With spooky season right around the corner, many pet owners have begun their hunt for their furry friend’s perfect Halloween costume. But finding a costume that is both festive and safe can be a challenge.
Dr. Lori Teller, a clinical associate professor at the Texas A&M College of Veterinary Medicine & Biomedical Sciences, offers some guidance on what to look for to ensure that the holiday isn’t so tricky for your pet.
While many pets are tolerant of costumes, a costume has the potential to bring about unneeded stress and anxiety. Knowing your animal’s level of comfort with a costume is important for their well-being and safety.
“Some dogs and cats will just freeze and not be willing to move when put in a costume,” Teller said. “Others may whine, paw, or chew at various parts of the costume to try and get it off.”
If your pet is noticeably uncomfortable in their costume, it is best to leave the costume at home, allowing them to enjoy the night.
For those that are costume-tolerant, the primary concern in dressing your pet is whether the costume limits their pet’s ability to see, hear, breathe, or move. If any of these abilities are restricted in the slightest way, the costume should be avoided.
“Costumes that interfere with a pet’s ability to move or see increases the animal’s risk of falling, tripping, or getting loose,” Teller said.
Owners should evaluate costumes for loose, hanging pieces, which can present fire hazards if the pet walks too close to Halloween décor involving lit candles.
“If an animal chews at the costume, they also have the potential to choke and end up with a foreign body that could cause gastrointestinal obstruction,” Teller said.
A pet’s ambient temperature should also be taken into account.
“If it is warm outside and your pet is in a thick costume, the animal may be at higher risk of heat stroke,” Teller said. “This could be exacerbated if your pet gets excited and overheated when trick-or-treating.”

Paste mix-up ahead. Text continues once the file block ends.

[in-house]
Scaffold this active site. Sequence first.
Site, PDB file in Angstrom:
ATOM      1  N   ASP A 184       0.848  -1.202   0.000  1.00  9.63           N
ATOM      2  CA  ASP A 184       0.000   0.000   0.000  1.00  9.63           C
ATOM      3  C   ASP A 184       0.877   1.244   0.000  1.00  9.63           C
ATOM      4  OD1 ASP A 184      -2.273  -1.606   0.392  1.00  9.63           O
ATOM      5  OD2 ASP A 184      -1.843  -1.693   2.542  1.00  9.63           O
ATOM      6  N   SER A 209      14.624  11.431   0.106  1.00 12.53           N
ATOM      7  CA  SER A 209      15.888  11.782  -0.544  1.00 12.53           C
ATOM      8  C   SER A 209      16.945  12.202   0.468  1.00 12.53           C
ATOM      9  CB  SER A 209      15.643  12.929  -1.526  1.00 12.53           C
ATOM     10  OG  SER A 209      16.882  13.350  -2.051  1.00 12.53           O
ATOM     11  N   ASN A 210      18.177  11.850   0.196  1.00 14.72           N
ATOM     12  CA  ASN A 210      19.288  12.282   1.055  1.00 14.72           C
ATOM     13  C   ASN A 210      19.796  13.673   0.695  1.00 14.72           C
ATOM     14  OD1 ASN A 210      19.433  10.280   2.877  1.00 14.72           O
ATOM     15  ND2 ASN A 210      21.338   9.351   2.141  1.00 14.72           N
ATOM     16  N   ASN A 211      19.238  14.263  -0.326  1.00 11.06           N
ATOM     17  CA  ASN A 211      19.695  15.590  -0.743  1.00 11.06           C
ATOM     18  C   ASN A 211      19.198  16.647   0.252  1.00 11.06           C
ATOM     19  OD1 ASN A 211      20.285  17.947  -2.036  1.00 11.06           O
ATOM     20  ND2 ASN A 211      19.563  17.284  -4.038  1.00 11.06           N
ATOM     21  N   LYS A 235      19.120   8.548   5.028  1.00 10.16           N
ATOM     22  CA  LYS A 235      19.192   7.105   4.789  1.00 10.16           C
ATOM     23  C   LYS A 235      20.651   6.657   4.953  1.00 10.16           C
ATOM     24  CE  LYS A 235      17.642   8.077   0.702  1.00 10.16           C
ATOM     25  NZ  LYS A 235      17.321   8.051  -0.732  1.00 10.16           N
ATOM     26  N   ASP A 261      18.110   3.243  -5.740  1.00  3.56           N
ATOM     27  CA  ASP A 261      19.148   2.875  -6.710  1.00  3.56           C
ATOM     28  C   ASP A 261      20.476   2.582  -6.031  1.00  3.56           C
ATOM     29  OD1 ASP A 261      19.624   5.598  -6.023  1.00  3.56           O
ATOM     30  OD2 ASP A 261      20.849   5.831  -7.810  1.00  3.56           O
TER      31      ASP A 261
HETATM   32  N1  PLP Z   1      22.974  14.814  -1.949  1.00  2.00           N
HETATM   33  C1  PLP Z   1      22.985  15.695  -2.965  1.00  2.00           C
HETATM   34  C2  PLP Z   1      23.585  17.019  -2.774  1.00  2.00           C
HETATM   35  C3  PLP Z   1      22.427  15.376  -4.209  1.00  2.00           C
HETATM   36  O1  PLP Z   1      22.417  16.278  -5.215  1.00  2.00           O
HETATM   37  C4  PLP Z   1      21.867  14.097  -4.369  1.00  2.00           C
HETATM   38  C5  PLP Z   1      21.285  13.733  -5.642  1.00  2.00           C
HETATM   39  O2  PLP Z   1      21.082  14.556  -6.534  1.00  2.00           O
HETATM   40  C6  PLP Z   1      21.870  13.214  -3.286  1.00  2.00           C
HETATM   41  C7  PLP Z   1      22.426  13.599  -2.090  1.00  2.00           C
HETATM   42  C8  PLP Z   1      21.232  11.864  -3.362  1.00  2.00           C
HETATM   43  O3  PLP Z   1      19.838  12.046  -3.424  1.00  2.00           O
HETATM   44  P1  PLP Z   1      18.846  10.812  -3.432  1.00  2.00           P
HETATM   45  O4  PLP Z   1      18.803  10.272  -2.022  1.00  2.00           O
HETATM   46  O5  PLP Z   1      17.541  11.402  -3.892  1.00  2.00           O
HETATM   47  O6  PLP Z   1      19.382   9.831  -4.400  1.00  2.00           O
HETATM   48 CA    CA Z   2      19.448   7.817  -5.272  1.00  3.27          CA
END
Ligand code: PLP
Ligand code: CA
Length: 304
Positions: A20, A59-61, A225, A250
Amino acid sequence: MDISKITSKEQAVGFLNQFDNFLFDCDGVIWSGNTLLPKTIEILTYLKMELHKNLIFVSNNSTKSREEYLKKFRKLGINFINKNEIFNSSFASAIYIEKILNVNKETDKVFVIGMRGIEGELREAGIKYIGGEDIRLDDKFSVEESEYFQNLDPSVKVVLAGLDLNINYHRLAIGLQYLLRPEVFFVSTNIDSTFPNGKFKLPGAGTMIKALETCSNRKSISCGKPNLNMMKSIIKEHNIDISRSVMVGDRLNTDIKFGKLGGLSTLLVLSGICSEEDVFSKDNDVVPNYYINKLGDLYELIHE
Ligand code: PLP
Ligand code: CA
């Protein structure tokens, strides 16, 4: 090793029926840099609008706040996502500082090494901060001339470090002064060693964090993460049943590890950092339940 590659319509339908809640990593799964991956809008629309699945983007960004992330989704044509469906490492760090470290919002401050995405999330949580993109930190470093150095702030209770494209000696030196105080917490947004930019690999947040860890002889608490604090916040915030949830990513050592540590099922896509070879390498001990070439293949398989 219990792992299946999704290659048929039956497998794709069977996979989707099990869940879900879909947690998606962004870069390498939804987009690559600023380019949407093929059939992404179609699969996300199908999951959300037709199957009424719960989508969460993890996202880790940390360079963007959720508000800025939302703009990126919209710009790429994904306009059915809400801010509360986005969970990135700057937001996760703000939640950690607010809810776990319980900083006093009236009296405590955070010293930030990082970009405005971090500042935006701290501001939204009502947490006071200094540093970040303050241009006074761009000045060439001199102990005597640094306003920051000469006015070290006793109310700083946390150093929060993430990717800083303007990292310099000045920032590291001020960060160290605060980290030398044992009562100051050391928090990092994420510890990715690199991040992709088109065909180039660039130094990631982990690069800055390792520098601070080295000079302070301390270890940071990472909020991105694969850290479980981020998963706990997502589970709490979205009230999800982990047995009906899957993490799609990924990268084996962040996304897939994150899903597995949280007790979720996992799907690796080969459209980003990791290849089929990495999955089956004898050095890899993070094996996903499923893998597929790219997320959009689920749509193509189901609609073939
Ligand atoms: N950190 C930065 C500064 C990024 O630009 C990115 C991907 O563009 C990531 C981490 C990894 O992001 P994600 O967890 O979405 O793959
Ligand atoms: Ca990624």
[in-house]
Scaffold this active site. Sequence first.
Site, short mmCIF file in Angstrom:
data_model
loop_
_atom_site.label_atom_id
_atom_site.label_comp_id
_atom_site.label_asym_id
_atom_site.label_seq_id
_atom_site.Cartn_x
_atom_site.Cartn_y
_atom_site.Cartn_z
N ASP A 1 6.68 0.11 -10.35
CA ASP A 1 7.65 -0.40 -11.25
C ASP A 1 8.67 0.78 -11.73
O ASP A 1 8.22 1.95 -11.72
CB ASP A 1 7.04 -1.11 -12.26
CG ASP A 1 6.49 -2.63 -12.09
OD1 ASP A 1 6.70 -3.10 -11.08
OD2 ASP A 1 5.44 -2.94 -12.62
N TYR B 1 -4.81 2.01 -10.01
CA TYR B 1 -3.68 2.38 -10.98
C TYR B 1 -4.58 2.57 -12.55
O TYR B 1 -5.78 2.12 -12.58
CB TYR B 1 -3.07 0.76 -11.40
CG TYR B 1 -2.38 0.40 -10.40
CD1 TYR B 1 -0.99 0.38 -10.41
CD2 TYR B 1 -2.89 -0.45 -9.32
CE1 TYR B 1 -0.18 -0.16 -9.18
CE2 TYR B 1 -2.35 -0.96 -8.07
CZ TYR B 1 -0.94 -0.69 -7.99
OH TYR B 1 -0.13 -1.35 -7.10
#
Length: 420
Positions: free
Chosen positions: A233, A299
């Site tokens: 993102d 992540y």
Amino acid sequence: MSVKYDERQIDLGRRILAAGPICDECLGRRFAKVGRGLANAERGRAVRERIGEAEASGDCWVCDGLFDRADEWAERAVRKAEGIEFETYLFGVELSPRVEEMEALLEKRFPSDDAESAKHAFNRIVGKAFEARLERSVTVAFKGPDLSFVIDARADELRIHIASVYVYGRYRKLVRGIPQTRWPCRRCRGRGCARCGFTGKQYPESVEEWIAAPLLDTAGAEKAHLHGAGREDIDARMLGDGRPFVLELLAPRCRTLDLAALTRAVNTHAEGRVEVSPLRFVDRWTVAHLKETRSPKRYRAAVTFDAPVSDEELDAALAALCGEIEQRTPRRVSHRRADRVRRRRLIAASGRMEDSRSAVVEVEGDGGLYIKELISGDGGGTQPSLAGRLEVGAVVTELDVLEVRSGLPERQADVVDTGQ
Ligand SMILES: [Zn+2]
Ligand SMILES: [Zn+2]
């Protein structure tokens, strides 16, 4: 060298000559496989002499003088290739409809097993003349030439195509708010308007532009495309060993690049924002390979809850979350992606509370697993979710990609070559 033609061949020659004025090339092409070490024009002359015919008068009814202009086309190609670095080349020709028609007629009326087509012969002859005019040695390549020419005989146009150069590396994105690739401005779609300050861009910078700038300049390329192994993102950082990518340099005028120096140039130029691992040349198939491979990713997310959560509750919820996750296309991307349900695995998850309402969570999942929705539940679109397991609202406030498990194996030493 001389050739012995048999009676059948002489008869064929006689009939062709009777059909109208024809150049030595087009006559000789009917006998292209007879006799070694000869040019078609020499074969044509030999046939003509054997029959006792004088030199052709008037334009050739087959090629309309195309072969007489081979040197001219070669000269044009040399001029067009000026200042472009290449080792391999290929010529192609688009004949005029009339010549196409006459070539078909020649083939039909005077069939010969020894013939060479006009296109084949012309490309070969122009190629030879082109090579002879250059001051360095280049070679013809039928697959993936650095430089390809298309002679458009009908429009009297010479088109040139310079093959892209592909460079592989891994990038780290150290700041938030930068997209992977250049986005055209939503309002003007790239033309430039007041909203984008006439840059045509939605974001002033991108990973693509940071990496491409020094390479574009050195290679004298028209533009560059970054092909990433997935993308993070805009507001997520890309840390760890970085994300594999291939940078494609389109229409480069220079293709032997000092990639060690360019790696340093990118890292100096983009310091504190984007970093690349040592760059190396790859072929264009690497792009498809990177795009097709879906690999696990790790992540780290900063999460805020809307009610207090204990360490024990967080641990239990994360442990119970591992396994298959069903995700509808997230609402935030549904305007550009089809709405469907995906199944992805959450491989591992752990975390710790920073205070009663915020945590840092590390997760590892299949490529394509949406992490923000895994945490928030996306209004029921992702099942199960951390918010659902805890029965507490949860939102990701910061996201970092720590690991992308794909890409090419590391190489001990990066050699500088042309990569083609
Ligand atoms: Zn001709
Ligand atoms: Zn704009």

Pet owners may also be interested in using dyes or paints to “DIY” a costume for their furry friend.
“In general, if these particular products are labeled as ‘pet-safe’ then your animal should be OK,” Teller advised. “With that being said, every animal is different, so if your animal has sensitive skin, it would be better to avoid these products.”
When applying pet-safe dyes or paints, avoid areas around and on the animal’s eyes, ears, nose, or mouth.
“If the pet chews or licks itself frequently, this is a sign the dye may be irritating their skin, so it would be worthwhile to wash the dyes/paint off as soon as possible,” Teller said.
Overall, your pet’s comfort and safety should be the top considerations when planning Halloween costumes.
“If your pet is comfortable wearing clothing items, then go for it,” Teller said. “If your pet does not enjoy dressing up, then go with a Halloween-themed collar or bandana to celebrate the festivities instead.”
Having pets join in on festivities and traditions can make any holiday a memorable time. So, as you buy candy, decorate the house, and go trick-or-treating, do not forget to take some time to be sure your pets also have a happy and safe holiday. Happy Howl-oween!
Pet Talk is a service of the College of Veterinary Medicine & Biomedical Sciences, Texas A&M University. Stories can be viewed on the web at vetmed.tamu.edu/news/pet-talk. Suggestions for future topics may be directed to firstname.lastname@example.org.